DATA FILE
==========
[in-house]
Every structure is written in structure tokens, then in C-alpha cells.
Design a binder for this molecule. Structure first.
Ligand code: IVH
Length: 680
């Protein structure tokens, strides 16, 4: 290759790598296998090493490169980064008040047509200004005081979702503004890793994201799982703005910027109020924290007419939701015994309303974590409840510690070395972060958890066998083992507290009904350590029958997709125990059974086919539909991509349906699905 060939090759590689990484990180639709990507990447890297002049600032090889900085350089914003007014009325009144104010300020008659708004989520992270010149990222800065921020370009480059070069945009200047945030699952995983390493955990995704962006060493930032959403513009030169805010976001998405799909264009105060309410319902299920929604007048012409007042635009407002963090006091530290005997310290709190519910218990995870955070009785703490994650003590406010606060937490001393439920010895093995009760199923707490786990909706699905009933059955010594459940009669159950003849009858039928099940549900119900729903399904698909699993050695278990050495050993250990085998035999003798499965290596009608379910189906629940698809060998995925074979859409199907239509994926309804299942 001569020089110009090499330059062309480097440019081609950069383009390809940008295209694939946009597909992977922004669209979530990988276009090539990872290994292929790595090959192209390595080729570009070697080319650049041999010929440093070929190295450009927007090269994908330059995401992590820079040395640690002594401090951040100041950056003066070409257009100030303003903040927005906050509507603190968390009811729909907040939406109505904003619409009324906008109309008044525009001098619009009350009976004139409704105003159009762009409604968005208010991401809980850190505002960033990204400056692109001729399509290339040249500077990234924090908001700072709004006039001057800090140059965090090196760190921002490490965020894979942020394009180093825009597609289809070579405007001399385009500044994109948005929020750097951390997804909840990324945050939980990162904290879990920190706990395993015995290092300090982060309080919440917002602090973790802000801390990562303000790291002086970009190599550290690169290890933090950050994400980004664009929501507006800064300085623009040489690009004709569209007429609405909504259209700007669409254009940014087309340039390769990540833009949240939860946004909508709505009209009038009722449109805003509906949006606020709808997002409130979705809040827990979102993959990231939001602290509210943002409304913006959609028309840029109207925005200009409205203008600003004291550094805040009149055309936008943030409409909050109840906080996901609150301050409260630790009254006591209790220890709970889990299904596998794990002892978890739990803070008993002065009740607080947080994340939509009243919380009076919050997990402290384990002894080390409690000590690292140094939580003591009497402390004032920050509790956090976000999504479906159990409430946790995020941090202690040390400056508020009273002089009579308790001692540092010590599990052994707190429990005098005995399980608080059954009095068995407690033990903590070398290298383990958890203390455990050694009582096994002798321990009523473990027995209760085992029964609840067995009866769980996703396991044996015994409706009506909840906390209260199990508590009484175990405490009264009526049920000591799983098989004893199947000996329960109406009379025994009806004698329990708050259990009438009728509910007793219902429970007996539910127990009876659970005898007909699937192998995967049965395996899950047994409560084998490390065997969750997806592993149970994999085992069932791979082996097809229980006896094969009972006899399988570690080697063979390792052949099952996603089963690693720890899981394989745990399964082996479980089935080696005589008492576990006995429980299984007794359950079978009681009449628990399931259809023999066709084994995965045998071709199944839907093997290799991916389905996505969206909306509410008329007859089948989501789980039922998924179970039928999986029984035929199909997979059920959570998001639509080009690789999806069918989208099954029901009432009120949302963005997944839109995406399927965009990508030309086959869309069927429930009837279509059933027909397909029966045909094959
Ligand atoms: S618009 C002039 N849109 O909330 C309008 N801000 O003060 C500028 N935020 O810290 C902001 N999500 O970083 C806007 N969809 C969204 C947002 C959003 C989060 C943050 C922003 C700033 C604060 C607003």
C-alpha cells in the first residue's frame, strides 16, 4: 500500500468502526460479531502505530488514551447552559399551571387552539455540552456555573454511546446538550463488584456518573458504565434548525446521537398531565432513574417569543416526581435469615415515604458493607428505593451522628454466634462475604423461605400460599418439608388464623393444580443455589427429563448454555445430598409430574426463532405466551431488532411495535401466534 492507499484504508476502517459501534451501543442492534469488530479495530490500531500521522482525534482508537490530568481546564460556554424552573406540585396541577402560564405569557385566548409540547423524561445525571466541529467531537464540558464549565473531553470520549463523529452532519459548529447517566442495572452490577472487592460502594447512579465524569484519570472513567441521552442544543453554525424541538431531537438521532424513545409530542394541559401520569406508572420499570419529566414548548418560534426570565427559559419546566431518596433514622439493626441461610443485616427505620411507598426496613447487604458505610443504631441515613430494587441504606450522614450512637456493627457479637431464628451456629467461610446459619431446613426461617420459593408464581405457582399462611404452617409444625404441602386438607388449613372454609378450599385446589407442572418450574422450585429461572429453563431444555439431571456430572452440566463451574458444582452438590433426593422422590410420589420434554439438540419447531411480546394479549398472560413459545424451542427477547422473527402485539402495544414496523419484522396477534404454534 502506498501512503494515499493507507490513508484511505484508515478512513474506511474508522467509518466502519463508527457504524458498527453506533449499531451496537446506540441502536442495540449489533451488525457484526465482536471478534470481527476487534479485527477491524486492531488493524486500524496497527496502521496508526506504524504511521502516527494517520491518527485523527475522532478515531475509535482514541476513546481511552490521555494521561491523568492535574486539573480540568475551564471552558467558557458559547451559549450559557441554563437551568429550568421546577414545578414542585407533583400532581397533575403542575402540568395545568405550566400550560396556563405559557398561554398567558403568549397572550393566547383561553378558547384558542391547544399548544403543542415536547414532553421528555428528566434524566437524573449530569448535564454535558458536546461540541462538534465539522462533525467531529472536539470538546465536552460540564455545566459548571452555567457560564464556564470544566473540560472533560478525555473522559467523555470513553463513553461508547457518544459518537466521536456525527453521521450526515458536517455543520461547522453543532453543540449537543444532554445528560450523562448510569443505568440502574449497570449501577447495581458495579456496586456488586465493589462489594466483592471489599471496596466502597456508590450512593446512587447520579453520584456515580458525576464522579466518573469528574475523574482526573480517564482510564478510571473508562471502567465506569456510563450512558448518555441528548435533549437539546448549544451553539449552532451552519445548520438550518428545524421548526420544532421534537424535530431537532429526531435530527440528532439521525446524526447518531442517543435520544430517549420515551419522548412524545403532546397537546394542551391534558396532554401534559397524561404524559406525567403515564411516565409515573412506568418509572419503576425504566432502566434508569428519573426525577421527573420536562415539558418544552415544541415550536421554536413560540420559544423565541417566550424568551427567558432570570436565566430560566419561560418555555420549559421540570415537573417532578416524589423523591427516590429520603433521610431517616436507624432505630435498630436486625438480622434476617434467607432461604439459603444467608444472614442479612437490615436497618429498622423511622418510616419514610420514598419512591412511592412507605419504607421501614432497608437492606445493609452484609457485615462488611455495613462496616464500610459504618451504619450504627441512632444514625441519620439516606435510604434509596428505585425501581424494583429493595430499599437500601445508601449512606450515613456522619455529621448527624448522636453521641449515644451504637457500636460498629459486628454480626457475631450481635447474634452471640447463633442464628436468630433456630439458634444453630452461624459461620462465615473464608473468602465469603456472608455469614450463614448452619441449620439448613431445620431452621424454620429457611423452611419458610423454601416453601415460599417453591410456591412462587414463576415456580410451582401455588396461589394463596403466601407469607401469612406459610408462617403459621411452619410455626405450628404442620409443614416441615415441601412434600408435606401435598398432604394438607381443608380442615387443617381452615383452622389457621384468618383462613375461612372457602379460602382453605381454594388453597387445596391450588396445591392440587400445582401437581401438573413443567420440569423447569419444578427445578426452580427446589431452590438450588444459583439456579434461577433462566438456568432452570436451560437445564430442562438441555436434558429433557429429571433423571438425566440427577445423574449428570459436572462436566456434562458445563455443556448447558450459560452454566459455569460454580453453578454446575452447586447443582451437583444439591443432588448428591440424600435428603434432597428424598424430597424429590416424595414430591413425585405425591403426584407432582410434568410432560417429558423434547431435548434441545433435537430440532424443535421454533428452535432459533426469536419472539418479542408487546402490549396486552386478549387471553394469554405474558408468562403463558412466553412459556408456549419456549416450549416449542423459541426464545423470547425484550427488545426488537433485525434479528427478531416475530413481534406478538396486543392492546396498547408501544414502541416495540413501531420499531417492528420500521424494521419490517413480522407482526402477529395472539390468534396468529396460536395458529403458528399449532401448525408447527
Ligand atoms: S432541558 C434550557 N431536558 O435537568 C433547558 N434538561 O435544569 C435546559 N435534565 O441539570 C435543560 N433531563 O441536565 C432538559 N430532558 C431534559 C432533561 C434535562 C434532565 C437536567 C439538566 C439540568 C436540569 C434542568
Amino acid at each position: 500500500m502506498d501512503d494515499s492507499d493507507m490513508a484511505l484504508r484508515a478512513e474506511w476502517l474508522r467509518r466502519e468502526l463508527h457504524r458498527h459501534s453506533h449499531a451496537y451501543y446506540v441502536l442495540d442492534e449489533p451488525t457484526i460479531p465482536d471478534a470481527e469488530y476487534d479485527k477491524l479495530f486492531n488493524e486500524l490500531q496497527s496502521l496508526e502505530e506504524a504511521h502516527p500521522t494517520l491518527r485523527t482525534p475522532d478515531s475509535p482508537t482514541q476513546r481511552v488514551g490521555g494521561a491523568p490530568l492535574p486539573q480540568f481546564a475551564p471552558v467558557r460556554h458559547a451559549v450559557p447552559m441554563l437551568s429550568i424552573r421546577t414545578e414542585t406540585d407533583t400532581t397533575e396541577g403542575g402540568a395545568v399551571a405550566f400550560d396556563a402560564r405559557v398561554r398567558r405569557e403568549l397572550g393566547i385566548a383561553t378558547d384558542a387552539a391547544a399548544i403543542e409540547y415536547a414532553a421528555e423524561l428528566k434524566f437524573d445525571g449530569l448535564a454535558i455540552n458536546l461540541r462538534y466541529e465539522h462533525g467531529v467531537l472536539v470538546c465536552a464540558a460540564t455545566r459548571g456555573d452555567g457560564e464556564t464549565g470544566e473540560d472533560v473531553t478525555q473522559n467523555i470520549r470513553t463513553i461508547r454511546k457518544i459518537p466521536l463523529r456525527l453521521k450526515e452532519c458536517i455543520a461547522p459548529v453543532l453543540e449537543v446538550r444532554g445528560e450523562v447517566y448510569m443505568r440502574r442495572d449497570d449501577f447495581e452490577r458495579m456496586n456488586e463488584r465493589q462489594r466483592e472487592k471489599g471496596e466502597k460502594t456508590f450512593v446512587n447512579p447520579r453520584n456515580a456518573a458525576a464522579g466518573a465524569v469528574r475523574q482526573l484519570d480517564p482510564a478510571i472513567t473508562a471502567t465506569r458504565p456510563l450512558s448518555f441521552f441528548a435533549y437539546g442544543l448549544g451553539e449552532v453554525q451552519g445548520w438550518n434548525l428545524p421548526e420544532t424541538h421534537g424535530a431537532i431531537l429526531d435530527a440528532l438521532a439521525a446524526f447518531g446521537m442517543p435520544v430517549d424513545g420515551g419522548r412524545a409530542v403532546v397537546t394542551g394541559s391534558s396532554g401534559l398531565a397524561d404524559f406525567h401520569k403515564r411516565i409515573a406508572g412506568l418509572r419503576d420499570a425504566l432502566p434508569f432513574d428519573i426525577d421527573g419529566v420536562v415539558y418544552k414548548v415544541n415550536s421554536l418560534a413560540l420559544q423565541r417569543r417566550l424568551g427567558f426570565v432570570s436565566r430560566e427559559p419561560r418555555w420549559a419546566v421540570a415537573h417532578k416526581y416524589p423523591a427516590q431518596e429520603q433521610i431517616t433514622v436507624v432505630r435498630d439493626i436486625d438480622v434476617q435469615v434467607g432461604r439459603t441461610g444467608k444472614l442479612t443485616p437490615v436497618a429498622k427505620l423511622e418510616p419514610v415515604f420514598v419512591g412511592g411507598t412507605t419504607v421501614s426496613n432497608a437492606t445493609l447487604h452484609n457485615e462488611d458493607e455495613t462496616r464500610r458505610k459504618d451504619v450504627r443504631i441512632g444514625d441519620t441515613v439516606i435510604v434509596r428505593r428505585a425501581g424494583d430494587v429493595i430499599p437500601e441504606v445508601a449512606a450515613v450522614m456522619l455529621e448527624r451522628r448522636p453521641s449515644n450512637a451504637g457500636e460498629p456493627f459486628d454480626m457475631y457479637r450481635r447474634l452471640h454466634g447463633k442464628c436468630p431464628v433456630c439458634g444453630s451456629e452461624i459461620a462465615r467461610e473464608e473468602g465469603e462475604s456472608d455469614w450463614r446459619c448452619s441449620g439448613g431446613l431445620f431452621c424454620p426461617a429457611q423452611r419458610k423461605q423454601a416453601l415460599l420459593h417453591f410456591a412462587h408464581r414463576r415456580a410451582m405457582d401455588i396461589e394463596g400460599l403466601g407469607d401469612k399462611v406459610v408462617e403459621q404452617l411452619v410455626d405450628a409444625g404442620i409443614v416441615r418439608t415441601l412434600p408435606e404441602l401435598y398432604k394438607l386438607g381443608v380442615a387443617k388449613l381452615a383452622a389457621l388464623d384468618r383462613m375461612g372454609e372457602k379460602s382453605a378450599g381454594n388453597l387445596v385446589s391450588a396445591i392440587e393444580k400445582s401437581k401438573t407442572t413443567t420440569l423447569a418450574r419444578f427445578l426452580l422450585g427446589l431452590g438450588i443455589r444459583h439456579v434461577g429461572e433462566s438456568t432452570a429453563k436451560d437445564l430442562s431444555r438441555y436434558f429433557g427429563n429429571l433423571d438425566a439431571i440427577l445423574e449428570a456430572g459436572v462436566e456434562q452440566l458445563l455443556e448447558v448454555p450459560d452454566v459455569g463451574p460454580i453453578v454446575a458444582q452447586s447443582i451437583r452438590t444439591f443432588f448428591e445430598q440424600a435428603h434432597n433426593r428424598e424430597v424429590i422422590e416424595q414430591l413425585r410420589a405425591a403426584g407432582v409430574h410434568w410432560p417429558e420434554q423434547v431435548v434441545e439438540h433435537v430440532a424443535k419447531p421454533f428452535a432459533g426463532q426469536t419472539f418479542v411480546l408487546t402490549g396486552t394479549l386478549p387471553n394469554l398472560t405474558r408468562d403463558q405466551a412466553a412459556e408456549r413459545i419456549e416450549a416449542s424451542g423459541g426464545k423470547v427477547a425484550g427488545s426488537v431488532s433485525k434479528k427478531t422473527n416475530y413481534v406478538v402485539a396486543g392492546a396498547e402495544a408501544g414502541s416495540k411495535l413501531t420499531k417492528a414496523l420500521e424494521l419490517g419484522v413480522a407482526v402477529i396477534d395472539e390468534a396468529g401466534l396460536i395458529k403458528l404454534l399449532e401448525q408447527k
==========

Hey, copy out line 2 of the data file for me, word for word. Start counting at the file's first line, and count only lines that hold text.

Every structure is written in structure tokens, then in C-alpha cells.